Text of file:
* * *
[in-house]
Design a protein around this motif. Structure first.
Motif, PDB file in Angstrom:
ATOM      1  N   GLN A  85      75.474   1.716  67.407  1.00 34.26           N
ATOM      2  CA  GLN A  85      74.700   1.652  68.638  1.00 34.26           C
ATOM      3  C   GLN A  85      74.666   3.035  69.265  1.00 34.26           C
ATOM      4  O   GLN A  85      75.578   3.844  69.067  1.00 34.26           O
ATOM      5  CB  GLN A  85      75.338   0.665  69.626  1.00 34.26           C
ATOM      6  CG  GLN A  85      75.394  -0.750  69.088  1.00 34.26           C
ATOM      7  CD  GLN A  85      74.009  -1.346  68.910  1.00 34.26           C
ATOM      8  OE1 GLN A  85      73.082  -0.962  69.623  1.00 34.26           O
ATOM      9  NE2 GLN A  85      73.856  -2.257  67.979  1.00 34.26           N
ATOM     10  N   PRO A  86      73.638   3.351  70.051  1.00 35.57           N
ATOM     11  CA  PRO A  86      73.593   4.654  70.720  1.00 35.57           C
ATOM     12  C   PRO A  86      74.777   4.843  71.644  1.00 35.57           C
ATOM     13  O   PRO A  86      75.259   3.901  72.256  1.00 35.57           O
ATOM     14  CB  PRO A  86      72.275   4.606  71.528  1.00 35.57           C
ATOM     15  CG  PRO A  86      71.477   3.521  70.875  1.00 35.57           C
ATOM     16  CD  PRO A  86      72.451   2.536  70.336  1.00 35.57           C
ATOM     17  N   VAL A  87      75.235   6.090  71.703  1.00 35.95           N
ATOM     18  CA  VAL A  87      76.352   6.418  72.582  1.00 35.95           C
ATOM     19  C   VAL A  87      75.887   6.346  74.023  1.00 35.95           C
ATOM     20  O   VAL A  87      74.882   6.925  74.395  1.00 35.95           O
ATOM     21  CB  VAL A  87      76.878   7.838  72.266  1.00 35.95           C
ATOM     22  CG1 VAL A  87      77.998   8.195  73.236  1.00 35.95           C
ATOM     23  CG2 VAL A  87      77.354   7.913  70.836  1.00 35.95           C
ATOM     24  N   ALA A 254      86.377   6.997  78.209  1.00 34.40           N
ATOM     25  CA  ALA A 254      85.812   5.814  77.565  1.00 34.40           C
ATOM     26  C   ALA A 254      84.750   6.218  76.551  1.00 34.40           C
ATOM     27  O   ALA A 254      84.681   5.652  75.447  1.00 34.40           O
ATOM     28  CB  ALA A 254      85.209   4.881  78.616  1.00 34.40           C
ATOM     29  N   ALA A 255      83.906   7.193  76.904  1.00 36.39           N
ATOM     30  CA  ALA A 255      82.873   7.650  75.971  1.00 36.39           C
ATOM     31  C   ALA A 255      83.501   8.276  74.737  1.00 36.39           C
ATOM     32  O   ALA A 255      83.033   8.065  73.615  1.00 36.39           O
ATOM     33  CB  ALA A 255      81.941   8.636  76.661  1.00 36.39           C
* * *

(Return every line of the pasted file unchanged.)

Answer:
[in-house]
Design a protein around this motif. Structure first.
Motif, PDB file in Angstrom:
ATOM      1  N   GLN A  85      75.474   1.716  67.407  1.00 34.26           N
ATOM      2  CA  GLN A  85      74.700   1.652  68.638  1.00 34.26           C
ATOM      3  C   GLN A  85      74.666   3.035  69.265  1.00 34.26           C
ATOM      4  O   GLN A  85      75.578   3.844  69.067  1.00 34.26           O
ATOM      5  CB  GLN A  85      75.338   0.665  69.626  1.00 34.26           C
ATOM      6  CG  GLN A  85      75.394  -0.750  69.088  1.00 34.26           C
ATOM      7  CD  GLN A  85      74.009  -1.346  68.910  1.00 34.26           C
ATOM      8  OE1 GLN A  85      73.082  -0.962  69.623  1.00 34.26           O
ATOM      9  NE2 GLN A  85      73.856  -2.257  67.979  1.00 34.26           N
ATOM     10  N   PRO A  86      73.638   3.351  70.051  1.00 35.57           N
ATOM     11  CA  PRO A  86      73.593   4.654  70.720  1.00 35.57           C
ATOM     12  C   PRO A  86      74.777   4.843  71.644  1.00 35.57           C
ATOM     13  O   PRO A  86      75.259   3.901  72.256  1.00 35.57           O
ATOM     14  CB  PRO A  86      72.275   4.606  71.528  1.00 35.57           C
ATOM     15  CG  PRO A  86      71.477   3.521  70.875  1.00 35.57           C
ATOM     16  CD  PRO A  86      72.451   2.536  70.336  1.00 35.57           C
ATOM     17  N   VAL A  87      75.235   6.090  71.703  1.00 35.95           N
ATOM     18  CA  VAL A  87      76.352   6.418  72.582  1.00 35.95           C
ATOM     19  C   VAL A  87      75.887   6.346  74.023  1.00 35.95           C
ATOM     20  O   VAL A  87      74.882   6.925  74.395  1.00 35.95           O
ATOM     21  CB  VAL A  87      76.878   7.838  72.266  1.00 35.95           C
ATOM     22  CG1 VAL A  87      77.998   8.195  73.236  1.00 35.95           C
ATOM     23  CG2 VAL A  87      77.354   7.913  70.836  1.00 35.95           C
ATOM     24  N   ALA A 254      86.377   6.997  78.209  1.00 34.40           N
ATOM     25  CA  ALA A 254      85.812   5.814  77.565  1.00 34.40           C
ATOM     26  C   ALA A 254      84.750   6.218  76.551  1.00 34.40           C
ATOM     27  O   ALA A 254      84.681   5.652  75.447  1.00 34.40           O
ATOM     28  CB  ALA A 254      85.209   4.881  78.616  1.00 34.40           C
ATOM     29  N   ALA A 255      83.906   7.193  76.904  1.00 36.39           N
ATOM     30  CA  ALA A 255      82.873   7.650  75.971  1.00 36.39           C
ATOM     31  C   ALA A 255      83.501   8.276  74.737  1.00 36.39           C
ATOM     32  O   ALA A 255      83.033   8.065  73.615  1.00 36.39           O
ATOM     33  CB  ALA A 255      81.941   8.636  76.661  1.00 36.39           C